Planck scale

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In particle physics and physical cosmology, the Planck scale (named after Max Planck) is an energy scale around 1.22 × 1019 GeV (the Planck energy, corresponding to the mass–energy equivalence of the Planck mass, 2.17645 × 10−8 kg) at which quantum effects of gravity become strong. At this scale, present descriptions and theories of sub-atomic particle interactions in terms of quantum field theory break down and become inadequate, due to the impact of the apparent non-renormalizability of gravity within current theories.

At the Planck scale, the strength of gravity is expected to become comparable with the other forces, and it is theorized that all the fundamental forces are unified at that scale, but the exact mechanism of this unification remains unknown. The Planck scale is therefore the point where the effects of quantum gravity can no longer be ignored in other fundamental interactions, and where current calculations and approaches begin to break down, and a means to take account of its impact is required.

While physicists have a fairly good understanding of the other fundamental interactions of forces on the quantum level, gravity is problematic, and cannot be integrated with quantum mechanics at very high energies using the usual framework of quantum field theory. At lesser energy levels it is usually ignored, while for energies approaching or exceeding the Planck scale, a new theory of quantum gravity is required. Other approaches to this problem include string theory and M-theory, loop quantum gravity, noncommutative geometry, scale relativity, causal set theory and P-adic quantum mechanics.[1]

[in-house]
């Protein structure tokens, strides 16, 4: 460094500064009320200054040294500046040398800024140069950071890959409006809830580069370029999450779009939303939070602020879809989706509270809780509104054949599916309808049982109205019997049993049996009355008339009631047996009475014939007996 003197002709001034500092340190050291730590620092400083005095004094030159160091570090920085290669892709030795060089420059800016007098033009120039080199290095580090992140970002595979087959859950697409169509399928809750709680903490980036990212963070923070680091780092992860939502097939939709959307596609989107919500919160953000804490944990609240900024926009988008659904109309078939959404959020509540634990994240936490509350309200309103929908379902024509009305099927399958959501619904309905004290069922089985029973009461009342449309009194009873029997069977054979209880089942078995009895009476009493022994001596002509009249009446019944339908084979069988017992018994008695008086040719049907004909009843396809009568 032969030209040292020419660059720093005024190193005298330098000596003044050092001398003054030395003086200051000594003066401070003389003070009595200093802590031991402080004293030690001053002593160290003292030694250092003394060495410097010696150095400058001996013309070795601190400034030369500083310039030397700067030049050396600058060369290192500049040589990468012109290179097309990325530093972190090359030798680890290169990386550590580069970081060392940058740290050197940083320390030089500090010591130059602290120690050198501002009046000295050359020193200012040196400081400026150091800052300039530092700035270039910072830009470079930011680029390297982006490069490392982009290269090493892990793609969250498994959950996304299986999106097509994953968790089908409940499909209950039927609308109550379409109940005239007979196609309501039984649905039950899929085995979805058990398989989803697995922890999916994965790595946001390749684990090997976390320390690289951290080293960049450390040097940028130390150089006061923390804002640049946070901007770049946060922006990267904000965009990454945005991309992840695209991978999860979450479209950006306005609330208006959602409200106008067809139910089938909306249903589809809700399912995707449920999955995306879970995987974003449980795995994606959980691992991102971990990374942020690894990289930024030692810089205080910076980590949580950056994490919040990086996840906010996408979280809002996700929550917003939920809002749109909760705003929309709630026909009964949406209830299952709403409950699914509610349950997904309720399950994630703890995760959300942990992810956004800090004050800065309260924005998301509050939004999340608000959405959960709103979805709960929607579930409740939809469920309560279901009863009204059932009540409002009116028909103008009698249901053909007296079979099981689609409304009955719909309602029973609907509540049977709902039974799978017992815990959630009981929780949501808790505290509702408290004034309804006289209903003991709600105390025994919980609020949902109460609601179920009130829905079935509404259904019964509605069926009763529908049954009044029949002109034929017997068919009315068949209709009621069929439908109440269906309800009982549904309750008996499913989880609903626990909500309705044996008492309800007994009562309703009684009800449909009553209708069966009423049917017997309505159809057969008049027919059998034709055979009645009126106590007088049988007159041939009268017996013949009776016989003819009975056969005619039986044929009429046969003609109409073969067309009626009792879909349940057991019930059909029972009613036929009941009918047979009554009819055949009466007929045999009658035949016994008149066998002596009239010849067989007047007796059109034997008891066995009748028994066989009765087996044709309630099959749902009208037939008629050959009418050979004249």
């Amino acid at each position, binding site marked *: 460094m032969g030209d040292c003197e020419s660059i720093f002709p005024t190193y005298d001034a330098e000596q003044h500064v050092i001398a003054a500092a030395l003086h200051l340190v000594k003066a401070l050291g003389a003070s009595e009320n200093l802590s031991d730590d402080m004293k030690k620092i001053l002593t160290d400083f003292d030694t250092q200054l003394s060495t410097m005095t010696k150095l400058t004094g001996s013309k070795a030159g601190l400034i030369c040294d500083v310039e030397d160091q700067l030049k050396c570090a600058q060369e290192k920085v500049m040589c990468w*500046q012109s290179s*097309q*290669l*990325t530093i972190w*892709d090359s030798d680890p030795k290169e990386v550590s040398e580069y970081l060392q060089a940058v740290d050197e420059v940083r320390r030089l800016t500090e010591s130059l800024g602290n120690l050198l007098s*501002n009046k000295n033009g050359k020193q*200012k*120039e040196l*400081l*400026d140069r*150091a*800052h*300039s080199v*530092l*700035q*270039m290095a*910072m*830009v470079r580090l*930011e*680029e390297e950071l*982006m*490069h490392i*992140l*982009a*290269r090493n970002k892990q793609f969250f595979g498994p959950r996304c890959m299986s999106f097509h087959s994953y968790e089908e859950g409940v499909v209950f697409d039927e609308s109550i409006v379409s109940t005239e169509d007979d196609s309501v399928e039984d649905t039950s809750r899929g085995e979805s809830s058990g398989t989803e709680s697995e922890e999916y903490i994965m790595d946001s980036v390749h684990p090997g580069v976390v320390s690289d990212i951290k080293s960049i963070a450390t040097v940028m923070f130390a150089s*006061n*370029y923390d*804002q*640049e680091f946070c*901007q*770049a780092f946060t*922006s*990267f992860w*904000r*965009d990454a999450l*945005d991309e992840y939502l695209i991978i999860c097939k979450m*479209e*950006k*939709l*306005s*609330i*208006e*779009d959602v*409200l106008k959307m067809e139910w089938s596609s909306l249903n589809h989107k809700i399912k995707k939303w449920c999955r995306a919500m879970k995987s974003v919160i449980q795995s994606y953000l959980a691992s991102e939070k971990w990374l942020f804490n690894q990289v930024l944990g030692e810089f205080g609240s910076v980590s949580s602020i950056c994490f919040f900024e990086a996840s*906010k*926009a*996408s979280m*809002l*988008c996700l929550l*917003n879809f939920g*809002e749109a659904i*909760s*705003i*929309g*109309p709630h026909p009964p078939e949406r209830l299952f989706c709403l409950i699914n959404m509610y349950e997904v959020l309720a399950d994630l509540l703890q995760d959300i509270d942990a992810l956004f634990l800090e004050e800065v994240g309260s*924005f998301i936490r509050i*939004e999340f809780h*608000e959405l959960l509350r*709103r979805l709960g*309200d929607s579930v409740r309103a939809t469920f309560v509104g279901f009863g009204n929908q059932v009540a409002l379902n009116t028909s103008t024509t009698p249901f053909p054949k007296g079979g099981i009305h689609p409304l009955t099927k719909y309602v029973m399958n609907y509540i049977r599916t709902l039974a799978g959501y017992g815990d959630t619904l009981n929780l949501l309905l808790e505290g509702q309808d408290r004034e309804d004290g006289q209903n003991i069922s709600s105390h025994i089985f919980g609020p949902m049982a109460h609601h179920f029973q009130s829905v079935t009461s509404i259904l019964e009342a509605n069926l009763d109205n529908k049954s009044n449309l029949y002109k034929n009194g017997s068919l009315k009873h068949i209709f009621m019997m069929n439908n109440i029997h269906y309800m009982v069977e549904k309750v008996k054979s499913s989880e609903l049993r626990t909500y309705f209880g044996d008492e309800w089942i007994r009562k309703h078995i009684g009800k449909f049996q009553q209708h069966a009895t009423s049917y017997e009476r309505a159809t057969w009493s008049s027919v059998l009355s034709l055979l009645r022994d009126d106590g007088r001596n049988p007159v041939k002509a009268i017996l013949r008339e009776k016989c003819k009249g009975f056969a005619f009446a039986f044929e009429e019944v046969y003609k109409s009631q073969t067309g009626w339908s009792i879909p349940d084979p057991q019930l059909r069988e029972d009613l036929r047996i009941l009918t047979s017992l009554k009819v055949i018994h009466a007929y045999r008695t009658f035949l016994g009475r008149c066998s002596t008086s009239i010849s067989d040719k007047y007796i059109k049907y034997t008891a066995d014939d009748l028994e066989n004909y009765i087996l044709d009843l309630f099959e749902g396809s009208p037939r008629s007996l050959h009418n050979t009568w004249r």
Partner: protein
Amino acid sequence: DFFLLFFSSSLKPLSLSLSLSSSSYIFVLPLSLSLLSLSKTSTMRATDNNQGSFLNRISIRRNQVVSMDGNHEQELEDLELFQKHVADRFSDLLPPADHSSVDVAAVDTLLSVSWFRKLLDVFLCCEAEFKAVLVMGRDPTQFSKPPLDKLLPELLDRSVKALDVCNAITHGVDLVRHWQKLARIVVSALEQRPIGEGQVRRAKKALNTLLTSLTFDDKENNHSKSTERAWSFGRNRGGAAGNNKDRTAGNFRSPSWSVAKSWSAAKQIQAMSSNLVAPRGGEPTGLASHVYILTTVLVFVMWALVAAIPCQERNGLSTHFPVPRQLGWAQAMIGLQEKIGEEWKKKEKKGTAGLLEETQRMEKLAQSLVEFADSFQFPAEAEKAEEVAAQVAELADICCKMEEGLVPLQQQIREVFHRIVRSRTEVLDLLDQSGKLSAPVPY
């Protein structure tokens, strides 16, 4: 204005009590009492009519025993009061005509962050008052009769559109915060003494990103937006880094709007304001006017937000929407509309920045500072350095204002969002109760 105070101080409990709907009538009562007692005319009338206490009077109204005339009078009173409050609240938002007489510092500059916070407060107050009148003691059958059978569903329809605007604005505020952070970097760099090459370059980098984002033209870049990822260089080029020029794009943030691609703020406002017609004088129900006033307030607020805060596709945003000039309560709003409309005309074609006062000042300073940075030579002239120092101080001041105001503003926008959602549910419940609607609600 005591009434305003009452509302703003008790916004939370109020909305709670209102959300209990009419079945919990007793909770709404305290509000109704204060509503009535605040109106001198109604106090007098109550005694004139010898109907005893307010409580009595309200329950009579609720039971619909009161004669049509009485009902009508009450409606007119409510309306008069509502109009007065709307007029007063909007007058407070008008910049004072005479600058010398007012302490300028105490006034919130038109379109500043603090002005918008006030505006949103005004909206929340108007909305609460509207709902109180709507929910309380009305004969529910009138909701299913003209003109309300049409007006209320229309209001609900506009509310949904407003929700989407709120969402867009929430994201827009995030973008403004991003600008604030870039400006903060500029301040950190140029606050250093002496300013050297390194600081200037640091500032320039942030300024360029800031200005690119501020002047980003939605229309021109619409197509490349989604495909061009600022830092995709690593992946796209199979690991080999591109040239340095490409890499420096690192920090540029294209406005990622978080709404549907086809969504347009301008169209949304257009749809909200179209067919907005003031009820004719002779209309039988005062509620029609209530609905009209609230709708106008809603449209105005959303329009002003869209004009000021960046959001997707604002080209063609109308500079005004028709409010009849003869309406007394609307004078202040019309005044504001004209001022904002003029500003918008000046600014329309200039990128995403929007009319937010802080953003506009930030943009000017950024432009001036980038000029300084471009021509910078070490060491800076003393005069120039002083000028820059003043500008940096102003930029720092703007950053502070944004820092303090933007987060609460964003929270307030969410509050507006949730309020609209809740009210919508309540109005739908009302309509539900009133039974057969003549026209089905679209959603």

The term Planck scale can also refer to a length scale or time scale.

Quantity SI equivalent
Planck time 5.39121 × 10−44 s
Planck mass 2.17645 × 10−8 kg
Planck length (P) 1.616252×10−35 m

The Planck length is related to Planck energy by the uncertainty principle. At this scale, the concepts of size and distance break down, as quantum indeterminacy becomes virtually absolute. Because the Schwarzschild radius of a black hole is roughly equal to the Compton wavelength at the Planck scale, a photon with sufficient energy to probe this realm would yield no information whatsoever. Any photon energetic enough to precisely measure a Planck-sized object could actually create a particle of that dimension, but it would be massive enough to immediately become a black hole (a.k.a. Planck particle), thus completely distorting that region of space, and swallowing the photon. This is the most extreme example possible of the uncertainty principle, and explains why only a quantum gravity theory reconciling general relativity with quantum mechanics will allow us to understand the dynamics of space-time at this scale. Planck scale dynamics are important for cosmology because if we trace the evolution of the cosmos back to the very beginning, at some very early stage the universe should have been so hot that processes involving energies as high as the Planck energy (corresponding to distances as short as the Planck length) may have occurred. This period is therefore called the Planck era or Planck epoch.

Theoretical ideas[edit]